Saudi energy minister Khalid Al-Falih, Public Investment Fund (PIF) managing director Yasir Al-Rumayyan and Commerce and investment minister Dr. Majid Al-Qassabi spoke about the Kingdom's economy
Saudi Arabia's economically diverse vision paying off
Saudi energy minister Khalid Al-Falih has said he has been inundated with approaches from investors as the country increases its spending.
Speaking at a press conference in Riyadh that was also attended by Public Investment Fund (PIF) managing director Yasir Al-Rumayyan, and Commerce and investment minister Dr. Majid Al-Qassabi, the minister highlighted the importance of the goal of diversifying the mix of energy sources including renewable energy.
He also talked about the program of developing the national industries and logistics services, as well as welcoming the new mining strategy and the mining projects.
Regarding the Public Investment Fund, the fund's supervisor Yasser Othman Al-Rumayan highlighted the fund's efforts and said at the press conference that "the growth of the Fund's investment portfolio reached SR840 billion of assets under management from SR570 billion in 2017."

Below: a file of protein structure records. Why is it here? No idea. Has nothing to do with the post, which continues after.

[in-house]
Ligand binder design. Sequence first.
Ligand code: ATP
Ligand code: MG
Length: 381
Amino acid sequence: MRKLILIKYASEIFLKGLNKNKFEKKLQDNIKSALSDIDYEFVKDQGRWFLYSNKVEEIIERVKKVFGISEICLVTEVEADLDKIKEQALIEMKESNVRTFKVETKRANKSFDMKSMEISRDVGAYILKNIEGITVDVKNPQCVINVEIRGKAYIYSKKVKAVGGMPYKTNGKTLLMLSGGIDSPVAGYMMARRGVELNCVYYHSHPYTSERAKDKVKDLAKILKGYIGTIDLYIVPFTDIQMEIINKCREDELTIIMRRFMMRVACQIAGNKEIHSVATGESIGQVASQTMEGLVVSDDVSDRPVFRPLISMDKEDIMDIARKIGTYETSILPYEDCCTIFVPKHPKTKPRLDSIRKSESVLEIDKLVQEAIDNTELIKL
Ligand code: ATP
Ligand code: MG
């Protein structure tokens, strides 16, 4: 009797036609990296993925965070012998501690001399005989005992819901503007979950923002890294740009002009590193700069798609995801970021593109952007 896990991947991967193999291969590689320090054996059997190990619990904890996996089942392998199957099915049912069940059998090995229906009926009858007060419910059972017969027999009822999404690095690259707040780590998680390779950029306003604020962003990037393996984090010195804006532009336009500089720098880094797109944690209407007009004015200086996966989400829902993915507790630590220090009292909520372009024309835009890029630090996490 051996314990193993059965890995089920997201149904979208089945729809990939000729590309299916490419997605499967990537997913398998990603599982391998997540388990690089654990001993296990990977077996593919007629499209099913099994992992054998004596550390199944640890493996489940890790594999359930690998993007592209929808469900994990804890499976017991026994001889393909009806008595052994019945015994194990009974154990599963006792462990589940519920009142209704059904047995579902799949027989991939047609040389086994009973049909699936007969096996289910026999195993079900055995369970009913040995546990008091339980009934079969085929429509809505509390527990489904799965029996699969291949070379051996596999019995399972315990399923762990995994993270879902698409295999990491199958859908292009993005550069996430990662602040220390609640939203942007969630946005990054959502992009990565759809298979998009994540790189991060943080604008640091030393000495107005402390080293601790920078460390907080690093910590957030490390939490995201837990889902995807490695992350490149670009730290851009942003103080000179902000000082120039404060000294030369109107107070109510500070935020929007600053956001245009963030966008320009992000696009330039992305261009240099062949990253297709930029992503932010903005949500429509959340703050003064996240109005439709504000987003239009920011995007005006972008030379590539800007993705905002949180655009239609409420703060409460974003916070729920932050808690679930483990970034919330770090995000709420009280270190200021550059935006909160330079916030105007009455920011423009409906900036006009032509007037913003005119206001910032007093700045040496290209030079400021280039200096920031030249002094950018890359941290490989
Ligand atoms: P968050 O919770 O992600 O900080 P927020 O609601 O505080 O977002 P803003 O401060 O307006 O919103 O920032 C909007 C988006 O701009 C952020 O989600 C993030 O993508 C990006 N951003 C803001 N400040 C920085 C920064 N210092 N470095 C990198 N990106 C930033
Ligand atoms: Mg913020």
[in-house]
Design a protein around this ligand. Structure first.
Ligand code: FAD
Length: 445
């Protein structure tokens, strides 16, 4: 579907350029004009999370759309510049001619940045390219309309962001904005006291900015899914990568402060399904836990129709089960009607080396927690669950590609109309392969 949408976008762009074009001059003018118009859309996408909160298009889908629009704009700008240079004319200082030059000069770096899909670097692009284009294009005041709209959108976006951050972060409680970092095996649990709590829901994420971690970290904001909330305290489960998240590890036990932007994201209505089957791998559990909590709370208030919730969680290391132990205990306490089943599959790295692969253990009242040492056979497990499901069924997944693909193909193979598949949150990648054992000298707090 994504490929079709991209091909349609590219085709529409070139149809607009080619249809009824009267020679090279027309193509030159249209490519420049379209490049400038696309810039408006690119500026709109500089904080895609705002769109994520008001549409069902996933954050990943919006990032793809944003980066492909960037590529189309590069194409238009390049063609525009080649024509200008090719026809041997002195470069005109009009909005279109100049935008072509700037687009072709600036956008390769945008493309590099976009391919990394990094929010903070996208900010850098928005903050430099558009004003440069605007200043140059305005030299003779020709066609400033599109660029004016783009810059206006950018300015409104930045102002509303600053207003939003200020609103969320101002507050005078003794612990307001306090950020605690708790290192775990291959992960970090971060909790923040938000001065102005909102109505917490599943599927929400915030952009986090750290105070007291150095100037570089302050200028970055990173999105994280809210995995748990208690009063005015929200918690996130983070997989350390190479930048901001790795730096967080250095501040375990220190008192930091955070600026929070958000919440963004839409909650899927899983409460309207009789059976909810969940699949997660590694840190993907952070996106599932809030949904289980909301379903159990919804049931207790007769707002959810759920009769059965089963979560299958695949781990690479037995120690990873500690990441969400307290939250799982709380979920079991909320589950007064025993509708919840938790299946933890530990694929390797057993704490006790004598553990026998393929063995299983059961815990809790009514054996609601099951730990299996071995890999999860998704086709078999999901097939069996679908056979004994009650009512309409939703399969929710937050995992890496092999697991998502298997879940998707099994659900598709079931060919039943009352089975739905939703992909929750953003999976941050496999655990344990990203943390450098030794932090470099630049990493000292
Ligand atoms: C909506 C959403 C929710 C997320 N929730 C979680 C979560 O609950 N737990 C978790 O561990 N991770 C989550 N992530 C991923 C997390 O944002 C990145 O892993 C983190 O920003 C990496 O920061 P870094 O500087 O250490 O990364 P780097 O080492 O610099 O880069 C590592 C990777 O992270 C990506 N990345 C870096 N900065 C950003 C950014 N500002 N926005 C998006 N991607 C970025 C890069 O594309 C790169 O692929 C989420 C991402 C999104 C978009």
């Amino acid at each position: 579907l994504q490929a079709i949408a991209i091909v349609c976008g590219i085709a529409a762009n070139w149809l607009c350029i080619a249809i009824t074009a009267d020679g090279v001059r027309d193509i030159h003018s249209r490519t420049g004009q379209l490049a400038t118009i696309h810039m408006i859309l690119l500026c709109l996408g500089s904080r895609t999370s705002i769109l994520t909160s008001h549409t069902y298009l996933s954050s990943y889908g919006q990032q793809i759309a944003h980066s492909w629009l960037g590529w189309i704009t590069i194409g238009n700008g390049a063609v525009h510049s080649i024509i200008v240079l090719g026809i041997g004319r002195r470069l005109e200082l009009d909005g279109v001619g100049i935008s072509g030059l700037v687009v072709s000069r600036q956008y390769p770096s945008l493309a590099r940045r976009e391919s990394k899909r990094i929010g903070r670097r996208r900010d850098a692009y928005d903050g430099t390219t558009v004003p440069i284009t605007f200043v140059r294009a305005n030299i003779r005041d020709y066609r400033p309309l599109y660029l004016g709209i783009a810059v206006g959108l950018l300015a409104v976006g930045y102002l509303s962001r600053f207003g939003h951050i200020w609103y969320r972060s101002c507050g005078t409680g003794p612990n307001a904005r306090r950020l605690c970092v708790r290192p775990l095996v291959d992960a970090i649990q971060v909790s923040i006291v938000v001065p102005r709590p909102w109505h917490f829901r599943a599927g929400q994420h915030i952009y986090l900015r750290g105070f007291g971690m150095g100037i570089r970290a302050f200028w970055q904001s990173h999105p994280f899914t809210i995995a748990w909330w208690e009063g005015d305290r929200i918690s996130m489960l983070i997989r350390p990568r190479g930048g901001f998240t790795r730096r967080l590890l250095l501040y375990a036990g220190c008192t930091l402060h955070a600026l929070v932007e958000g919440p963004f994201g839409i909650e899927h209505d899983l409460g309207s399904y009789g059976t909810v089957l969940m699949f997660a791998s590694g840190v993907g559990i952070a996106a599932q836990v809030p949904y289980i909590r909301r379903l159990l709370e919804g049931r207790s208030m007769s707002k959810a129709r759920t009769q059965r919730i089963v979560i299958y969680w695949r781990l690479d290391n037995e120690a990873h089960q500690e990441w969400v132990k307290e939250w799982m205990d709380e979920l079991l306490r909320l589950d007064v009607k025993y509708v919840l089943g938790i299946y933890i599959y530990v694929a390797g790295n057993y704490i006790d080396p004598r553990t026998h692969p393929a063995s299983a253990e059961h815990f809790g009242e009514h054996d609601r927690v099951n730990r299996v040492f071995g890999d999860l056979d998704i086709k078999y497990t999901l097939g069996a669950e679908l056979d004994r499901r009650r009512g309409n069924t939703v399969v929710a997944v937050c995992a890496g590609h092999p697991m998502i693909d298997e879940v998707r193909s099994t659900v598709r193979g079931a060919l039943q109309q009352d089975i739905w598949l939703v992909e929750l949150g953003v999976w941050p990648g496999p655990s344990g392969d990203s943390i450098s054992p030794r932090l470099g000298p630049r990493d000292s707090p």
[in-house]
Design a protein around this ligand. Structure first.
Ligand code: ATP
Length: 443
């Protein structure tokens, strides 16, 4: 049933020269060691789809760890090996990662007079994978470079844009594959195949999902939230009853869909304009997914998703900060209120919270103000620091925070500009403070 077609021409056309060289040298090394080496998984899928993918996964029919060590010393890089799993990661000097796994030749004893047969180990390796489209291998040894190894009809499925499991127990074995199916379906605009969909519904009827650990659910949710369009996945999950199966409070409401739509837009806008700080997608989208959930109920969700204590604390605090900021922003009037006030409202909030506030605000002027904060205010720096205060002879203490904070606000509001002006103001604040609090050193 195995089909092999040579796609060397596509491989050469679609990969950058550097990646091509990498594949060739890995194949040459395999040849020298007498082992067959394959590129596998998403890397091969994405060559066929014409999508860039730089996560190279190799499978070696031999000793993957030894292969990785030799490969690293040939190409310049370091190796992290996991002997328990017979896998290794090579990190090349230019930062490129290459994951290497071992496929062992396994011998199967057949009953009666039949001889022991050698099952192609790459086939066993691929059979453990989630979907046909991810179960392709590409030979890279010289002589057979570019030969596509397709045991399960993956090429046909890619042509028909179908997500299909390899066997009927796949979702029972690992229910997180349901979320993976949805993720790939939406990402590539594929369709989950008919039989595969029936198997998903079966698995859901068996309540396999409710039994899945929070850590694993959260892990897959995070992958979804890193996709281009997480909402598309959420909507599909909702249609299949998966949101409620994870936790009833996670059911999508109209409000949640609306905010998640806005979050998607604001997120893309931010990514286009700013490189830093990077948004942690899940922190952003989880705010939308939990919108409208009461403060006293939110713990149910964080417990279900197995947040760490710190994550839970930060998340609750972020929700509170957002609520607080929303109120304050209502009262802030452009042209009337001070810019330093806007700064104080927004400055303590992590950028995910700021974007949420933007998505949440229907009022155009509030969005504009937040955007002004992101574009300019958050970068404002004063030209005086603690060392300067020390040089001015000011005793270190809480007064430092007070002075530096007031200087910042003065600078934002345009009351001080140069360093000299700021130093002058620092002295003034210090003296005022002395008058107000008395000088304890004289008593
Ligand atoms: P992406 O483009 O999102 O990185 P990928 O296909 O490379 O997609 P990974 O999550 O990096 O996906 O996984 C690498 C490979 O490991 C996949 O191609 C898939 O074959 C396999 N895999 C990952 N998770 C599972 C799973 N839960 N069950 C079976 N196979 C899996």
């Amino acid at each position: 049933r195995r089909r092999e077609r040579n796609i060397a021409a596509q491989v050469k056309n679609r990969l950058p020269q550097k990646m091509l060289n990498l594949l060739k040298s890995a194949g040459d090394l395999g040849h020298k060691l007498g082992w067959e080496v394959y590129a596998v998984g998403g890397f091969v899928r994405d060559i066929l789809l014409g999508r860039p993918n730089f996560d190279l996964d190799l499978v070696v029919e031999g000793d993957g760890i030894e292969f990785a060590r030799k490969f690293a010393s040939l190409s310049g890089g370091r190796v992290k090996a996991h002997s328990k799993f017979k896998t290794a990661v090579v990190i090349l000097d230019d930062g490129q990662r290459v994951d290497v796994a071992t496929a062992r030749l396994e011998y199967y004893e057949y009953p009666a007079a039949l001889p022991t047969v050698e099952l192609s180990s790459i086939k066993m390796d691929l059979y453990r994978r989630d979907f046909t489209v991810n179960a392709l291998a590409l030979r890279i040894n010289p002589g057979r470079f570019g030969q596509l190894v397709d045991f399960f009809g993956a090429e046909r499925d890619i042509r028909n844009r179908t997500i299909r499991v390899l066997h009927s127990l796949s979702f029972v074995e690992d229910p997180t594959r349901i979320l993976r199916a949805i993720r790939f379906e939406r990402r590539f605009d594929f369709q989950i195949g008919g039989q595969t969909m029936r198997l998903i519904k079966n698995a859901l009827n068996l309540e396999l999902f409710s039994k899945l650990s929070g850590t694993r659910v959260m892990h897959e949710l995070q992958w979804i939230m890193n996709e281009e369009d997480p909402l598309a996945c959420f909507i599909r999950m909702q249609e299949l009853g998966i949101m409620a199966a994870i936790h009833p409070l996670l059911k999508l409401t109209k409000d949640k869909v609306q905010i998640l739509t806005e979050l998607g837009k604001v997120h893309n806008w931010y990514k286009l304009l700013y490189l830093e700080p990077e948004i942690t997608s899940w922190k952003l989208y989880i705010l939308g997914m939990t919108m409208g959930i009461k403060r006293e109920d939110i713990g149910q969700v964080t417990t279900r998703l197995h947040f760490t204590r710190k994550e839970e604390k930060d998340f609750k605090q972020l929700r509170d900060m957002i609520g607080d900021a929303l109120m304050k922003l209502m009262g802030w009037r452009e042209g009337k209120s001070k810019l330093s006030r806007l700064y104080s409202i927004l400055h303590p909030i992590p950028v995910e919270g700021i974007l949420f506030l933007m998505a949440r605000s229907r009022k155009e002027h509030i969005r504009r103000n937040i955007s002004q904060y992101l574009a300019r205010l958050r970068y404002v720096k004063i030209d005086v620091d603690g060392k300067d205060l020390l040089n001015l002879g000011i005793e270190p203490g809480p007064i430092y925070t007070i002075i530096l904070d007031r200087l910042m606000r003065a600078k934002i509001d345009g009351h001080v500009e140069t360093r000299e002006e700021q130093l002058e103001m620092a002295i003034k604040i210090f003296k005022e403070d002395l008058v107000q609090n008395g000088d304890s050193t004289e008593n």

He noted that the fund "invested nearly 70 billion riyals in local and international investments in 2017 as well."
The three stressed that supporting small and medium-sized enterprises (SMEs) was a main theme of this year’s budget with SR72 billion allocated to the private sector — including SR12 billion for SMEs.
Saudi Arabia plans the highest level of government spending in its history next year, when expenditure will hit more than SR1.1 trillion.
When asked about the impact of the graft crackdown on the economy, the investment minister said corruption had been rampant for decades and it was necessary to eradicate it.
“The rule of law will follow and I think this will attract many investors,” he said. “We have seen the results, and because of that we now have real competition and all Saudis have a fair chance.”
The energy minister agreed that the move had not impacted foreign investors because “they have not been partners in corruption.”